Further, there are challenges unique to treating etiologically complex and clinically heterogeneous intractable pain illnesses due to the lack of education in our medical schools with regard to treating chronic illness and pain. Less than half of physicians have ever had a single course in pain management.

It’s disheartening to see such venom catapulted toward fellow survivors, whether on social media or delivered by the evening news.  The demonization of opioids is not a new story, but this time that ignorance is killing pain patients.  It’s what society did with marijuana when I was growing up.

And as you know, it was all lies.

Chronic Pain and Torture – U.S. in Violation of International Laws Against Inhuman Suffering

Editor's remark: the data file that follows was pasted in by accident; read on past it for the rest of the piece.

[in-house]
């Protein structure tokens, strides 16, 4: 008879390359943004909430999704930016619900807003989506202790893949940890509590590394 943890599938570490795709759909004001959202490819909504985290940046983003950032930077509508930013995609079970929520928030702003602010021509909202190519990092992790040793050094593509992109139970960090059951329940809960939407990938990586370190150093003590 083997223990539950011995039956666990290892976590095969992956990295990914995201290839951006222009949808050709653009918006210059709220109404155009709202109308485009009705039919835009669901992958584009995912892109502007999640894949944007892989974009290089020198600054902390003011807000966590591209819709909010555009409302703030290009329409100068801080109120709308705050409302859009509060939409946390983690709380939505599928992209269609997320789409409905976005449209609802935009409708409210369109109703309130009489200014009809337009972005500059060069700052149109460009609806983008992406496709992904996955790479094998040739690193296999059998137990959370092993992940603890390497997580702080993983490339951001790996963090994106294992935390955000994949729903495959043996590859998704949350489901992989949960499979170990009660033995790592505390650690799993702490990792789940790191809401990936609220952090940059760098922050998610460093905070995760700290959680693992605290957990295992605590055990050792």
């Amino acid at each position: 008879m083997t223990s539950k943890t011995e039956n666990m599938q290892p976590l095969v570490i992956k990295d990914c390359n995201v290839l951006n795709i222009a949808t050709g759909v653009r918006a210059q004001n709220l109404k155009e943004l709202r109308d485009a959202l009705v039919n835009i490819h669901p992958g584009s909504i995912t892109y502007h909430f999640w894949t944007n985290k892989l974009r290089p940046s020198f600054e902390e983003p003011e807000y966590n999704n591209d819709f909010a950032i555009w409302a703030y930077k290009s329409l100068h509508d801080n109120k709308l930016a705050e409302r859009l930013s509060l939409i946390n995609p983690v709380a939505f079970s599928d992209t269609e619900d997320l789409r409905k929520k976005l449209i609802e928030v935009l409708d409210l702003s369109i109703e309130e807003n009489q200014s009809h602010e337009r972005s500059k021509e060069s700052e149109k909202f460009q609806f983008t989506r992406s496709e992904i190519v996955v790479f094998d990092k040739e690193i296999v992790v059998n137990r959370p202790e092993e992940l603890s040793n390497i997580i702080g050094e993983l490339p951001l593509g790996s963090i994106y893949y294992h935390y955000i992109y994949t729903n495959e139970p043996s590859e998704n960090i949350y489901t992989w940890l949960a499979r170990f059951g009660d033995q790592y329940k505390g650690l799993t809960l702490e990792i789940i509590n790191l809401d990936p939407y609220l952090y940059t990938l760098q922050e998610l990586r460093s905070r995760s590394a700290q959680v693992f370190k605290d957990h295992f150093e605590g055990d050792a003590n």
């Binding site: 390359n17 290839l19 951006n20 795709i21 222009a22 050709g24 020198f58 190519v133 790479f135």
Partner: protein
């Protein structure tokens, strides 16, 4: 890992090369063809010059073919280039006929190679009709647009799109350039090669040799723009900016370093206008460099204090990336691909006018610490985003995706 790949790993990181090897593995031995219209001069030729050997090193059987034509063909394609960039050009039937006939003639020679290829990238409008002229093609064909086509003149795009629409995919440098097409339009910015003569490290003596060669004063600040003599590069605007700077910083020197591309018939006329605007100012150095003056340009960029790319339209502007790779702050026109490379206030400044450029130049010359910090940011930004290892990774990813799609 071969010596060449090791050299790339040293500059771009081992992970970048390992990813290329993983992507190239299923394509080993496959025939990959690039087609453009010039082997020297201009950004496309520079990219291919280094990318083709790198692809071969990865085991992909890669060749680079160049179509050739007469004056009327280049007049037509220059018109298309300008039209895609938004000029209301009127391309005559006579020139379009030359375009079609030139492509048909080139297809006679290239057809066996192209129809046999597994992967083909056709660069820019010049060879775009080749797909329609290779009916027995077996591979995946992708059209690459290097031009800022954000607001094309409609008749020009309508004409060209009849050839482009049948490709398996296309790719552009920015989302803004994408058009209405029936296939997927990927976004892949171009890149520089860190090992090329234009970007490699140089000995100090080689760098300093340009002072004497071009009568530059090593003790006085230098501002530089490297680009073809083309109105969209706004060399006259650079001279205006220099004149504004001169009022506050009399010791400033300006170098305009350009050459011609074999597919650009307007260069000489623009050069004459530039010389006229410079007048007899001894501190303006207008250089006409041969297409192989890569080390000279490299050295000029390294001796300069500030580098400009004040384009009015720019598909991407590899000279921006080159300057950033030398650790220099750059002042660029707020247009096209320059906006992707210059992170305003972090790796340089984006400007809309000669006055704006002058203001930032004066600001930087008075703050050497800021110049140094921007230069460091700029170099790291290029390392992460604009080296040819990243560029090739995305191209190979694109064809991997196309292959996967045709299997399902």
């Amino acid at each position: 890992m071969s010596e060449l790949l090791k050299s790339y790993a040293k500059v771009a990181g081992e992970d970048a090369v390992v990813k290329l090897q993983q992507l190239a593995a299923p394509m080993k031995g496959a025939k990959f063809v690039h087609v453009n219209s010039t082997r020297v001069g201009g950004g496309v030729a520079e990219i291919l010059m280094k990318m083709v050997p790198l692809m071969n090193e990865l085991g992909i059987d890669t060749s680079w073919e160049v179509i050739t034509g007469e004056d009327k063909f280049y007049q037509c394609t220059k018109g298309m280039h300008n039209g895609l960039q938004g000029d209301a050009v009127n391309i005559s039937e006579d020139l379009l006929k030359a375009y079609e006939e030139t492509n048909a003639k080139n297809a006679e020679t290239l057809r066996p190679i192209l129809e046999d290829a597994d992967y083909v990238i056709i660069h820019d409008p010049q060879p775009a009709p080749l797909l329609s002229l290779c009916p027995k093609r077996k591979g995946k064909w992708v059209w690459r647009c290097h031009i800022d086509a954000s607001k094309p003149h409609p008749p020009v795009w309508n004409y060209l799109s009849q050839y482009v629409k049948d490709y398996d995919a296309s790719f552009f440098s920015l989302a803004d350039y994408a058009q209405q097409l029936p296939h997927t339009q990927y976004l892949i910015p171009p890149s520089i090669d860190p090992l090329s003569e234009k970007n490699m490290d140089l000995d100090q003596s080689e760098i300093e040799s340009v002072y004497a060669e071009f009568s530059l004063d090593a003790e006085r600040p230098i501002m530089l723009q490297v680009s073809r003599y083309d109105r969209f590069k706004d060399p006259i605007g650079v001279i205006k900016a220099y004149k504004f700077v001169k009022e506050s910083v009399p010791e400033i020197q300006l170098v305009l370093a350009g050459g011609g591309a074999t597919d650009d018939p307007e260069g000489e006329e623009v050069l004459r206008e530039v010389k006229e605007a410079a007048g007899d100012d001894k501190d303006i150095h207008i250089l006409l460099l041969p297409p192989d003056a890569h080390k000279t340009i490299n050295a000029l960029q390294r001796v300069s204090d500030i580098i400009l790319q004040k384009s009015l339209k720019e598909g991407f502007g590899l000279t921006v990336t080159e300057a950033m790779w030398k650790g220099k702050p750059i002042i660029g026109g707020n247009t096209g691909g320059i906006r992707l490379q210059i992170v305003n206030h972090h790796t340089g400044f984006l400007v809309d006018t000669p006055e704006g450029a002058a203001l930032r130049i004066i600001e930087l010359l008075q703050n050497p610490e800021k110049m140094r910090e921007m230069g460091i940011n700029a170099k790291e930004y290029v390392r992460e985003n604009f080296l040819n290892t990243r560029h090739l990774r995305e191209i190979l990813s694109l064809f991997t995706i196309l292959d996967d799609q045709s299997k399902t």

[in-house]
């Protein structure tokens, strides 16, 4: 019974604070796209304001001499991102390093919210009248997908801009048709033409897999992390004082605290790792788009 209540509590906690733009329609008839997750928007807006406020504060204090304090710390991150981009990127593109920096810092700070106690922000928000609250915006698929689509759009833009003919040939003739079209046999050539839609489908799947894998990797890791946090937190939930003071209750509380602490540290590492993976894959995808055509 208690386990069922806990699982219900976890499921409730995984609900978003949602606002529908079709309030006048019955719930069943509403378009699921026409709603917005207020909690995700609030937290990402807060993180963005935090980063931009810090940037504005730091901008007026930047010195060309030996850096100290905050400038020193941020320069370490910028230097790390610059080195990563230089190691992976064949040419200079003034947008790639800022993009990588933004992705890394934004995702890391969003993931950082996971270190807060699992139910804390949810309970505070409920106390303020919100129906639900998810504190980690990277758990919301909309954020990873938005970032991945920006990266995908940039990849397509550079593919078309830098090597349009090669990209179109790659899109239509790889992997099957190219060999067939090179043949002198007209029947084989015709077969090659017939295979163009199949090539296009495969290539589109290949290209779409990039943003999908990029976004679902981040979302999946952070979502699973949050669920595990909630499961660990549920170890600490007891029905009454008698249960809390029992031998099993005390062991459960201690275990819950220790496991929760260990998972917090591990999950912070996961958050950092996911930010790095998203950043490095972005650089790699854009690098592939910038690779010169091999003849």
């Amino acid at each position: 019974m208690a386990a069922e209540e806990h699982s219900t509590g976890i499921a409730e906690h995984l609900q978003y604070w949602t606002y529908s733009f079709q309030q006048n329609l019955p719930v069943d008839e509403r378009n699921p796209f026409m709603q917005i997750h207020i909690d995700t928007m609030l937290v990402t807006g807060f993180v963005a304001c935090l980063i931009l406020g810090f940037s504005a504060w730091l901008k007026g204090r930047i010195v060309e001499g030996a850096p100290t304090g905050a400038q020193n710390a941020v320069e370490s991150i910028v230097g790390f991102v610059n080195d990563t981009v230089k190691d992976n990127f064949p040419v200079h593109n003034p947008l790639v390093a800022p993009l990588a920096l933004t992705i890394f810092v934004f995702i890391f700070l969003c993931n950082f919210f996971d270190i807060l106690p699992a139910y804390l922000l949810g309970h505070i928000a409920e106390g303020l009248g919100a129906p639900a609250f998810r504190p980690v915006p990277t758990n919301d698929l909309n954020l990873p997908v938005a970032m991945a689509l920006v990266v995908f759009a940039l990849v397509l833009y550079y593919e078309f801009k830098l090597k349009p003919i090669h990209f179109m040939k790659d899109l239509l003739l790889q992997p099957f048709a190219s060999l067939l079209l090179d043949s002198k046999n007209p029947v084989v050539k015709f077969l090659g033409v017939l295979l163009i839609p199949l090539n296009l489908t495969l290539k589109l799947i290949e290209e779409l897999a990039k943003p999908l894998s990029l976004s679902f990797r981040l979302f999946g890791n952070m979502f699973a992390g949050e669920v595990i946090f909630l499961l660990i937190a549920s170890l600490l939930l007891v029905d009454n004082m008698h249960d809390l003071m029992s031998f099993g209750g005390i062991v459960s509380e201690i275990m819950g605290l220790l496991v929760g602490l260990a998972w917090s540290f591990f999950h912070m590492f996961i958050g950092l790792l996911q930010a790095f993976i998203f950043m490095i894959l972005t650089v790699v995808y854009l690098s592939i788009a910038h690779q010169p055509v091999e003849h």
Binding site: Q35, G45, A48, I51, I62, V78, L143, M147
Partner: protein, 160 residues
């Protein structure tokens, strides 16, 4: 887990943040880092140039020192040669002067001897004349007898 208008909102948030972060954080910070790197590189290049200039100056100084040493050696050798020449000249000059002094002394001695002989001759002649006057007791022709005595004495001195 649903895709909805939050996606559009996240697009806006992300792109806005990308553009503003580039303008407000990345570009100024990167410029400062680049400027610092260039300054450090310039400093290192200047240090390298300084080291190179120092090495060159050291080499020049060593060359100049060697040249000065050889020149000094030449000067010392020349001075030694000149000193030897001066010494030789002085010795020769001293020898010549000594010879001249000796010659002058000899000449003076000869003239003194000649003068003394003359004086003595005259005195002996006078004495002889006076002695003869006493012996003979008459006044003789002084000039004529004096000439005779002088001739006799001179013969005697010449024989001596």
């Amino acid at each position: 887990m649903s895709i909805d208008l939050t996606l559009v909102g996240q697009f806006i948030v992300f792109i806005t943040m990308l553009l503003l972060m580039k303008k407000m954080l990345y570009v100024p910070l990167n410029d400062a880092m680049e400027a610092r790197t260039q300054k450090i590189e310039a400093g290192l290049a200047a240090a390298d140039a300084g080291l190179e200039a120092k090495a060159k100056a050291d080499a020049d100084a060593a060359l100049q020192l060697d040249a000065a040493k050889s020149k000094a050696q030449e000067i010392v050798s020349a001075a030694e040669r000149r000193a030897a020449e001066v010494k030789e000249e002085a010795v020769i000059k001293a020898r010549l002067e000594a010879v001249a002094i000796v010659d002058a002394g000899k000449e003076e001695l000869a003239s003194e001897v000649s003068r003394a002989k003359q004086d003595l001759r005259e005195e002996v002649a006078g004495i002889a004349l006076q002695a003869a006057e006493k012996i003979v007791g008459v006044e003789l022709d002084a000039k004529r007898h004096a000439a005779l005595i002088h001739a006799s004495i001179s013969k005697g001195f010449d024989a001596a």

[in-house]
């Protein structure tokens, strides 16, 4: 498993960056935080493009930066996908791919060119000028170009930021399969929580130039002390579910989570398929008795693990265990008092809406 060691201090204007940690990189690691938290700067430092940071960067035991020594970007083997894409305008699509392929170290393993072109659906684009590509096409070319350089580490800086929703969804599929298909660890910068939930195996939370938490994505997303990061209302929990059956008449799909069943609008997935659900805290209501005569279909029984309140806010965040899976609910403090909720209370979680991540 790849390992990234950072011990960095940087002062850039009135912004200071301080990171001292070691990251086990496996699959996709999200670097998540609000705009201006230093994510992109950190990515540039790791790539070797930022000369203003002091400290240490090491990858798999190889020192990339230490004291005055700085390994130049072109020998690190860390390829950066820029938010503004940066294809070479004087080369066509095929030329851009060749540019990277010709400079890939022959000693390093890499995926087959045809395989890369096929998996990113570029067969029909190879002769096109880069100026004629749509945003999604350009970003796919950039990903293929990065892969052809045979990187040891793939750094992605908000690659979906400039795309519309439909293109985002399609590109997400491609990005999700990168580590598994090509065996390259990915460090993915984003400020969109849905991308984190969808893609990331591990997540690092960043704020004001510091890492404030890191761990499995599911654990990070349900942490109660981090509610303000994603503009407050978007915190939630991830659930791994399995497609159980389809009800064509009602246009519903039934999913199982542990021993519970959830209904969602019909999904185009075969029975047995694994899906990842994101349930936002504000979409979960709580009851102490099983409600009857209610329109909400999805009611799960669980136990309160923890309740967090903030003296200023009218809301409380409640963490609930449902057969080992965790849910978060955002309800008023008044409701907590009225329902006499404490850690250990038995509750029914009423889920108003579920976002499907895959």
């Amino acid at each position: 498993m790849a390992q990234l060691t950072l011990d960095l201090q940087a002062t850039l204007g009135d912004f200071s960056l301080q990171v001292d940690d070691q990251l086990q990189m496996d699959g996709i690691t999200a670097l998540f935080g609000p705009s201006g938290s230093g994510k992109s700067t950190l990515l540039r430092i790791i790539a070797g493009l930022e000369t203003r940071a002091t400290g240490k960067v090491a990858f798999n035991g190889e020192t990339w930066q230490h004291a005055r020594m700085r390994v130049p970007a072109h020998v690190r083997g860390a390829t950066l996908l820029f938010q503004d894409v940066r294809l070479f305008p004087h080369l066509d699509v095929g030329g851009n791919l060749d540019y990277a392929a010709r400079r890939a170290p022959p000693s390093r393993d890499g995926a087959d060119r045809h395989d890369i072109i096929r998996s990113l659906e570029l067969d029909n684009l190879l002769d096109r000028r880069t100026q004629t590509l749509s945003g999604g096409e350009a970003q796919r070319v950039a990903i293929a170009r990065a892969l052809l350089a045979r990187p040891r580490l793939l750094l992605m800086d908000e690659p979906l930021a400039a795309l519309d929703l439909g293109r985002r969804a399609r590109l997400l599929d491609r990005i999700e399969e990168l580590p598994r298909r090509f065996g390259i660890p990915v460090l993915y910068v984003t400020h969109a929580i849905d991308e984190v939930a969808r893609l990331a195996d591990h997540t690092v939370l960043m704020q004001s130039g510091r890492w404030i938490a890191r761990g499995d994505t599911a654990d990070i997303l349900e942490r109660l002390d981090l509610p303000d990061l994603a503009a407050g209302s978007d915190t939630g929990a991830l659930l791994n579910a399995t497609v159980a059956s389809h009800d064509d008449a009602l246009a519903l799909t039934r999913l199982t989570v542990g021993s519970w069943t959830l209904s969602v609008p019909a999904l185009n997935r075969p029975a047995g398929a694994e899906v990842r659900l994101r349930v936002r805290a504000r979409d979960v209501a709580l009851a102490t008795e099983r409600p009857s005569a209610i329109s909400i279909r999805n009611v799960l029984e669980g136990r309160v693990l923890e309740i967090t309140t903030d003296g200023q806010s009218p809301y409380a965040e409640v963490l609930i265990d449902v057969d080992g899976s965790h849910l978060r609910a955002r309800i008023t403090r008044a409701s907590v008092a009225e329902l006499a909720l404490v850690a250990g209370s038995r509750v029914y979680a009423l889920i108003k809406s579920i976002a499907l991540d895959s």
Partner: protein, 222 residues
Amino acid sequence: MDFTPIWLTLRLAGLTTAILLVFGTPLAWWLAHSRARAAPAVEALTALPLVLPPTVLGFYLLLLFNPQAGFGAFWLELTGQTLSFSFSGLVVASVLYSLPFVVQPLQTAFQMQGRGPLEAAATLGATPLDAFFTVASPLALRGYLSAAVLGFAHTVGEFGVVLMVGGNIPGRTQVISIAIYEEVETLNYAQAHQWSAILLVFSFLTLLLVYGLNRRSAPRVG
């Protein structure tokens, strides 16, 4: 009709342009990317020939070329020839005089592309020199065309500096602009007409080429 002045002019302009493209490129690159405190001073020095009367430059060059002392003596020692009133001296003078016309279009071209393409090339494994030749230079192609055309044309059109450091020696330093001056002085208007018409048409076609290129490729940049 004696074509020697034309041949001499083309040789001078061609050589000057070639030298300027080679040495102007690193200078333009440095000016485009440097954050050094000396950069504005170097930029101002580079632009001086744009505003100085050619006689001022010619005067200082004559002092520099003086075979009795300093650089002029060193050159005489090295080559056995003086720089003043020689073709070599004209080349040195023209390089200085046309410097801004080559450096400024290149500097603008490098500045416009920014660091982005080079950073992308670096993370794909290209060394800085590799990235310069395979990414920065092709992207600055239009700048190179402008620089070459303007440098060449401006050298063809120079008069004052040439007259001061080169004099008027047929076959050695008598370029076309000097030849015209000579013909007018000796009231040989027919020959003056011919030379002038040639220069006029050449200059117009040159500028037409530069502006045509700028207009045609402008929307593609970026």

-Kelly Merrill

“Failure to make essential medicines available or to take reasonable steps to make pain management and palliative care services available will result in a violation of the right to health. In some cases, failure to ensure patients have access to treatment for severe pain will also give rise to a violation of the prohibition of cruel, inhuman and degrading treatment.”  Access to Pain Treatment as a Human Right, Human Rights Watch (March 3, 2009)

I’ve been thinking a lot about terror.  And torture.

We must alert the international human rights community of what is happening here in the U.S….and the terror of being a pain patient when every kind of discrimination and denial of treatment have, inconceivably, become commonplace, whether for cancer or AIDs or the dozens of devastating pain-generating illnesses patients suffer.

Pain patients have become the most marginalized subpopulation in the U.S.

We must acknowledge the severe toll of human suffering to change it.  We must start by immediately demanding the only acceptable standards of care for pain management recognized by human rights advocates around the world…the effective management of physiologically-damaging, dehumanizing pain.